United States District Court, W.D. Louisiana, Alexandria Division
REPORT AND RECOMMENDATION JUDGE.
H.L. Perez-Montes United States Magistrate Judge.
the Court is a civil rights complaint (42 U.S.C. § 1983)
filed by pro se Plaintiff Stephen Allen Lukens
(“Lukens”). Lukens was granted leave to proceed
in forma pauperis. (Doc. 4). Lukens is a pretrial
detainee housed at the Rapides Parish Detention Center.
Lukens complains that he was not timely charged by indictment
or bill of information.
matter has been referred to the undersigned for review,
report, and recommendation in accordance with the provisions
of 28 U.S.C. § 636 and the standing orders of the Court.
was arrested and incarcerated on July 26, 2017. (Doc. 8).
Lukens was not arraigned until December 11, 2017. (Doc. 8).
Lukens alleges that he should have been charged by indictment
or information within 120 days of his detention. (Docs. 1,
Law and Analysis
Lukens's complaint is subject to screening under
§§ 1915(e)(2) and 1915A.
is a prisoner who has been permitted to proceed in forma
pauperis. As a prisoner seeking redress from an officer
or employee of a governmental entity, Lukens's complaint
is subject to preliminary screening pursuant to 28 U.S.C.
§ 1915A. See Martin v. Scott, 156 F.3d 578,
579-80 (5th Cir. 1998) (per curiam). Because he is proceeding
in forma pauperis, Lukens's complaint is also
subject to screening under § 1915(e)(2). Both
§§ 1915(e)(2)(B) and 1915A(b) provide for sua
sponte dismissal of the complaint, or any portion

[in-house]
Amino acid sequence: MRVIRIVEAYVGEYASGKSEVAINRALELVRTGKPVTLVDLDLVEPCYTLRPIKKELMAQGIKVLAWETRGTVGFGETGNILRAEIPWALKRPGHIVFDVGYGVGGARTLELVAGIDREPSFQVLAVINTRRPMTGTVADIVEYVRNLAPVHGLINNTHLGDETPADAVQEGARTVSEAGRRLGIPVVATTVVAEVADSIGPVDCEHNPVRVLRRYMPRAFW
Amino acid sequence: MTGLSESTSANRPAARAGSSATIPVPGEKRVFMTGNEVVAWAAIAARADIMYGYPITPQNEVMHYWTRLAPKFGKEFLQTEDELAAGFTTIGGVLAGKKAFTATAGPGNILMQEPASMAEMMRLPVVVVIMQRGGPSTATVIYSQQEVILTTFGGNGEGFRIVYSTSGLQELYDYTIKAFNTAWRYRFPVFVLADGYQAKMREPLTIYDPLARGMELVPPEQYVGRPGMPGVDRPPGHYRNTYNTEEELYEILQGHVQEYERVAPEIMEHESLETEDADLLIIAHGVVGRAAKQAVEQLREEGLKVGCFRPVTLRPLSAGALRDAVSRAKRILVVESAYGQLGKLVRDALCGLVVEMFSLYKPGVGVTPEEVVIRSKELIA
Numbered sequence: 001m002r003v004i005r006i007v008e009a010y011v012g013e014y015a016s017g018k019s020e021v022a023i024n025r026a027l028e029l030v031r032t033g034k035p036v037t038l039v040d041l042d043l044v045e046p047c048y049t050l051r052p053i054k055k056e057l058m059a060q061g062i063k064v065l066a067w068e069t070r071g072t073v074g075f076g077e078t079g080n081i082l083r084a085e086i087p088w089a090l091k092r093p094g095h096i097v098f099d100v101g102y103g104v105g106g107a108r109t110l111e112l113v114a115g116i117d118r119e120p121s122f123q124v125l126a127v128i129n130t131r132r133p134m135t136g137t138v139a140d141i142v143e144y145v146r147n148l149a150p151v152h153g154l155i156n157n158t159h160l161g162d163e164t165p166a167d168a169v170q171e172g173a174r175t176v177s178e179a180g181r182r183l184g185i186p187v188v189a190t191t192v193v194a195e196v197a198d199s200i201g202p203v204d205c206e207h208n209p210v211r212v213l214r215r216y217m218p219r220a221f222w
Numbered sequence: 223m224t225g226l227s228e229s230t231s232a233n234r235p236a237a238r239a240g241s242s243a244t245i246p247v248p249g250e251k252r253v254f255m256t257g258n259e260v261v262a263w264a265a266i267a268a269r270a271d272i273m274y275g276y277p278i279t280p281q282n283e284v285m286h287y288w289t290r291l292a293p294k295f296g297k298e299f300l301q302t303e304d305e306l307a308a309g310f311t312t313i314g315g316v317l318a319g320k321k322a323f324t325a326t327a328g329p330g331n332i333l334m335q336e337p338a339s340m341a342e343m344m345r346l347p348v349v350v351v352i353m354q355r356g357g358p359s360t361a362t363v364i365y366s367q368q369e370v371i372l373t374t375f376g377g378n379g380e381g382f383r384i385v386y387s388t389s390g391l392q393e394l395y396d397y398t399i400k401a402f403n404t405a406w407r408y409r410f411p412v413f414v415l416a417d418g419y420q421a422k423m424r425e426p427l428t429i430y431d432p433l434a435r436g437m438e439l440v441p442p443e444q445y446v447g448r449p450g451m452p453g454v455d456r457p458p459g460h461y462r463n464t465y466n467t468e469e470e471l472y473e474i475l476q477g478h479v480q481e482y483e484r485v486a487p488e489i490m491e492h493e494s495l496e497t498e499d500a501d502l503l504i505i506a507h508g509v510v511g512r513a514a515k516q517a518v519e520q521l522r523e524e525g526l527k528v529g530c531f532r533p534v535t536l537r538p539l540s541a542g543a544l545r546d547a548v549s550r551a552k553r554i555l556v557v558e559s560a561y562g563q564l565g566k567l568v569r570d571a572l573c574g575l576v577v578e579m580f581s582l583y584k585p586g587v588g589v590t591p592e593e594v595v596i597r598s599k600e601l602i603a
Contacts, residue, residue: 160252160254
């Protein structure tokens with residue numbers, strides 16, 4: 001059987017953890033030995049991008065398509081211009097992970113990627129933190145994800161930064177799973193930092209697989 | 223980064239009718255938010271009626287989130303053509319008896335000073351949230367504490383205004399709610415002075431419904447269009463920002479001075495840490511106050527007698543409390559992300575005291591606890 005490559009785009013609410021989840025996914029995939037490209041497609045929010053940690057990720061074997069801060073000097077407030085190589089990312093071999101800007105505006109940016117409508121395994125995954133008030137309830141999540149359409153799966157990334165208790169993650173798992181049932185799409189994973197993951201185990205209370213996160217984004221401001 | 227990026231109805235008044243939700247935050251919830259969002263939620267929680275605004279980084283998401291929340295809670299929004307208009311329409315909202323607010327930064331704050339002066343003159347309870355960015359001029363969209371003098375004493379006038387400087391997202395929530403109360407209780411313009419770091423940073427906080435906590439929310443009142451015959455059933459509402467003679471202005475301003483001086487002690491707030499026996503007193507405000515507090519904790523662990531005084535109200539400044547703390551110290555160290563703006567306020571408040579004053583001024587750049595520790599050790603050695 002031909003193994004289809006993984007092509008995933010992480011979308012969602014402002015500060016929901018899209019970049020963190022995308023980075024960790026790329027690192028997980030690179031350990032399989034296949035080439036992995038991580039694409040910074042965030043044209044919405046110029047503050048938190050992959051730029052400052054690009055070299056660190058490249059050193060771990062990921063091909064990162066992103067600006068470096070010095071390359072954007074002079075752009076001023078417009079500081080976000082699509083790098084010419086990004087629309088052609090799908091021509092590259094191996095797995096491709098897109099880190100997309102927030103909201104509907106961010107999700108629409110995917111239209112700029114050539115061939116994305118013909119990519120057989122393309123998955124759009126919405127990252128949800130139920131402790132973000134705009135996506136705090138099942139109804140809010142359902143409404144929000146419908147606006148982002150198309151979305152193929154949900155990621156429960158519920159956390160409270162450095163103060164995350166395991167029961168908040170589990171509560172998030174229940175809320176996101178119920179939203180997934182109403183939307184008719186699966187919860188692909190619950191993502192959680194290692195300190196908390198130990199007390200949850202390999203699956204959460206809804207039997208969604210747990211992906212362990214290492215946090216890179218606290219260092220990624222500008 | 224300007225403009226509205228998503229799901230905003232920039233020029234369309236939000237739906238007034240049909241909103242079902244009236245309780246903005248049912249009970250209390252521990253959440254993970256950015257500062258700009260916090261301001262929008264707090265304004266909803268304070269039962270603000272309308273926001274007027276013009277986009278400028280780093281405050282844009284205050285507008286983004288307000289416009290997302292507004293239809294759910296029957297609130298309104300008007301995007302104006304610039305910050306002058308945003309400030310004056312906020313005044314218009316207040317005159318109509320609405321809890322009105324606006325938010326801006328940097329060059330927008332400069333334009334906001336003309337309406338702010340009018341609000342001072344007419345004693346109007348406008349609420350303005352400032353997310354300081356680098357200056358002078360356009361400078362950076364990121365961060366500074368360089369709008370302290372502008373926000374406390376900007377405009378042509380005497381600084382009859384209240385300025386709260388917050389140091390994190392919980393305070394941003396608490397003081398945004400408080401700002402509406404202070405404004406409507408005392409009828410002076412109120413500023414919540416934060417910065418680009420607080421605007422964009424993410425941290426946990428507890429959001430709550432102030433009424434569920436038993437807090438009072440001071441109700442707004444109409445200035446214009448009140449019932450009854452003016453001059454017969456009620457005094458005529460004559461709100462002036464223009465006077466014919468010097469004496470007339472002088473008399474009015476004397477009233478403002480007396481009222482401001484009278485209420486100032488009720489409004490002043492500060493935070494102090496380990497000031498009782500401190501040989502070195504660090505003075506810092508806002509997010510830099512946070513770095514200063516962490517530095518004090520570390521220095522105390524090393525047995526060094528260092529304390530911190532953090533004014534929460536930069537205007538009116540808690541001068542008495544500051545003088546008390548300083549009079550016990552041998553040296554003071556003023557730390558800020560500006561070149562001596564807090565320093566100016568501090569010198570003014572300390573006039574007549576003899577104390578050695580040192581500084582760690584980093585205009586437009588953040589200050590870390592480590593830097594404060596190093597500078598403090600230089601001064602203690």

thereof, if the Court finds it is frivolous or malicious, if
it fails to state a claim upon which relief may be granted,
or if it seeks monetary relief against a defendant who is
immune from such relief.
complaint is frivolous when it “lacks an arguable basis
either in law or in fact.” Neitzke v.
Williams, 490 U.S. 319, 325 (1989). A claim lacks an
arguable basis in law when it is “based on an
indisputably meritless legal theory.” Id. at
327. A complaint fails to state a claim upon which relief may
be granted when it fails to plead “enough facts to
state a claim to relief that is plausible on its face.”
Bell Atl. Corp. v. Twombly, 550 U.S. 544, 570
(2007); Ashcroft v. Iqbal, 556 U.S. 662 (2009).
Lukens cannot obtain a release from custody through a
§ 1983 suit.
asks that he be released from custody and that all charges
against him be dismissed. (Doc. 1). A release from custody is
not available through a civil rights action, and must be
requested through a petition for writ of habeas corpus.
See Carson v. Johnson, 112 F.3d 818, 820 (5th Cir.
1997); Cook v. Texas Dep't of Criminal
Justice Transitional Planning Dep't, 37 F.3d
166, 168 (5th Cir. 1994); Pugh v. Parish of St.
Tammany, 875 F.2d 436, 439 (5th Cir. 1989). A civil
rights suit is the proper procedure for attacking
unconstitutional conditions of confinement and prison
procedures. See Carson, 112 F.3d at 820;
Cook, 37 F.3d at 168 (§ 1983 action is
appropriate for recovering damages resulting from illegal
administrative procedures, but habeas corpus is the
appropriate federal remedy for a state prisoner challenging
the fact of his confinement). “Challenges to the
validity of any confinement or to particulars affecting its
duration are the province of habeas corpus.”
Muhammad v. Close, 540 U.S. 749, 750 (2004).
Therefore, Lukens's § 1983 complaint should be
The defendants are immune from suit.
names as defendants the Rapides Parish District
Attorney's Office and District Attorney Phillip Terrell.
To the extent that Lukens seeks monetary damages from